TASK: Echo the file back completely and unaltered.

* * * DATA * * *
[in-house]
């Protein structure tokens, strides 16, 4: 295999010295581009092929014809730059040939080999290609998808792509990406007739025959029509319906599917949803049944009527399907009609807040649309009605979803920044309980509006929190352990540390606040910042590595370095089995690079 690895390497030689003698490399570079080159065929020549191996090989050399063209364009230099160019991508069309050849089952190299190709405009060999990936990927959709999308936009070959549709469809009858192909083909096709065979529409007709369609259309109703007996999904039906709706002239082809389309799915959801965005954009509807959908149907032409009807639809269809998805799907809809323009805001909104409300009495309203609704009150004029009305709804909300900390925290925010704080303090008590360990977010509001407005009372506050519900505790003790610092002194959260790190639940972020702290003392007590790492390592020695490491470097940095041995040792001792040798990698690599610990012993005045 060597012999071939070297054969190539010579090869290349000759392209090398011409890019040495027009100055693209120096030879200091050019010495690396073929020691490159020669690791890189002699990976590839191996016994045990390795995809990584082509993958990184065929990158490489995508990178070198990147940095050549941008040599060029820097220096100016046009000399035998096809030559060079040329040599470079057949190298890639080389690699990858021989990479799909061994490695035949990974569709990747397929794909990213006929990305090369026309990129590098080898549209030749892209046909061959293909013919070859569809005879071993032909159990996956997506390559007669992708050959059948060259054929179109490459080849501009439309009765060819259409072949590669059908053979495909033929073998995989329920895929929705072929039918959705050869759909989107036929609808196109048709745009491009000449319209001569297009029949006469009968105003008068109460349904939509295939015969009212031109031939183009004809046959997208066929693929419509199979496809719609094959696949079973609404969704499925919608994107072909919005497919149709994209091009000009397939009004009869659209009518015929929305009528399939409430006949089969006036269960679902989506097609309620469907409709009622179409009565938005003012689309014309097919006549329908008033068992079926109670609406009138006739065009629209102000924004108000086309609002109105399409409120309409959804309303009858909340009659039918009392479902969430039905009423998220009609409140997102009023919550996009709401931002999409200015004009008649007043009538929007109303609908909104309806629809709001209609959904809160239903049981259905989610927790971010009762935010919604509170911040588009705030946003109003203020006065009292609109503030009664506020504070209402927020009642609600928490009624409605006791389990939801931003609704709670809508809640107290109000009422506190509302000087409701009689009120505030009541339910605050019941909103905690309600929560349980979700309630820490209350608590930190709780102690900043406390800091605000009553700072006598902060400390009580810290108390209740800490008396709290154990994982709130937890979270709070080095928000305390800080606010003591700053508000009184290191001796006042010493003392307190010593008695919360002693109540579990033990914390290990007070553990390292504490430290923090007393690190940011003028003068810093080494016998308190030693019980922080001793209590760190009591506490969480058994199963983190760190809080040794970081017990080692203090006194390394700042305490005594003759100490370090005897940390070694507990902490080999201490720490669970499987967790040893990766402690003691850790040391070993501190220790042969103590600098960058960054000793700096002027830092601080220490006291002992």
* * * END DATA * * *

[in-house]
């Protein structure tokens, strides 16, 4: 295999010295581009092929014809730059040939080999290609998808792509990406007739025959029509319906599917949803049944009527399907009609807040649309009605979803920044309980509006929190352990540390606040910042590595370095089995690079 690895390497030689003698490399570079080159065929020549191996090989050399063209364009230099160019991508069309050849089952190299190709405009060999990936990927959709999308936009070959549709469809009858192909083909096709065979529409007709369609259309109703007996999904039906709706002239082809389309799915959801965005954009509807959908149907032409009807639809269809998805799907809809323009805001909104409300009495309203609704009150004029009305709804909300900390925290925010704080303090008590360990977010509001407005009372506050519900505790003790610092002194959260790190639940972020702290003392007590790492390592020695490491470097940095041995040792001792040798990698690599610990012993005045 060597012999071939070297054969190539010579090869290349000759392209090398011409890019040495027009100055693209120096030879200091050019010495690396073929020691490159020669690791890189002699990976590839191996016994045990390795995809990584082509993958990184065929990158490489995508990178070198990147940095050549941008040599060029820097220096100016046009000399035998096809030559060079040329040599470079057949190298890639080389690699990858021989990479799909061994490695035949990974569709990747397929794909990213006929990305090369026309990129590098080898549209030749892209046909061959293909013919070859569809005879071993032909159990996956997506390559007669992708050959059948060259054929179109490459080849501009439309009765060819259409072949590669059908053979495909033929073998995989329920895929929705072929039918959705050869759909989107036929609808196109048709745009491009000449319209001569297009029949006469009968105003008068109460349904939509295939015969009212031109031939183009004809046959997208066929693929419509199979496809719609094959696949079973609404969704499925919608994107072909919005497919149709994209091009000009397939009004009869659209009518015929929305009528399939409430006949089969006036269960679902989506097609309620469907409709009622179409009565938005003012689309014309097919006549329908008033068992079926109670609406009138006739065009629209102000924004108000086309609002109105399409409120309409959804309303009858909340009659039918009392479902969430039905009423998220009609409140997102009023919550996009709401931002999409200015004009008649007043009538929007109303609908909104309806629809709001209609959904809160239903049981259905989610927790971010009762935010919604509170911040588009705030946003109003203020006065009292609109503030009664506020504070209402927020009642609600928490009624409605006791389990939801931003609704709670809508809640107290109000009422506190509302000087409701009689009120505030009541339910605050019941909103905690309600929560349980979700309630820490209350608590930190709780102690900043406390800091605000009553700072006598902060400390009580810290108390209740800490008396709290154990994982709130937890979270709070080095928000305390800080606010003591700053508000009184290191001796006042010493003392307190010593008695919360002693109540579990033990914390290990007070553990390292504490430290923090007393690190940011003028003068810093080494016998308190030693019980922080001793209590760190009591506490969480058994199963983190760190809080040794970081017990080692203090006194390394700042305490005594003759100490370090005897940390070694507990902490080999201490720490669970499987967790040893990766402690003691850790040391070993501190220790042969103590600098960058960054000793700096002027830092601080220490006291002992």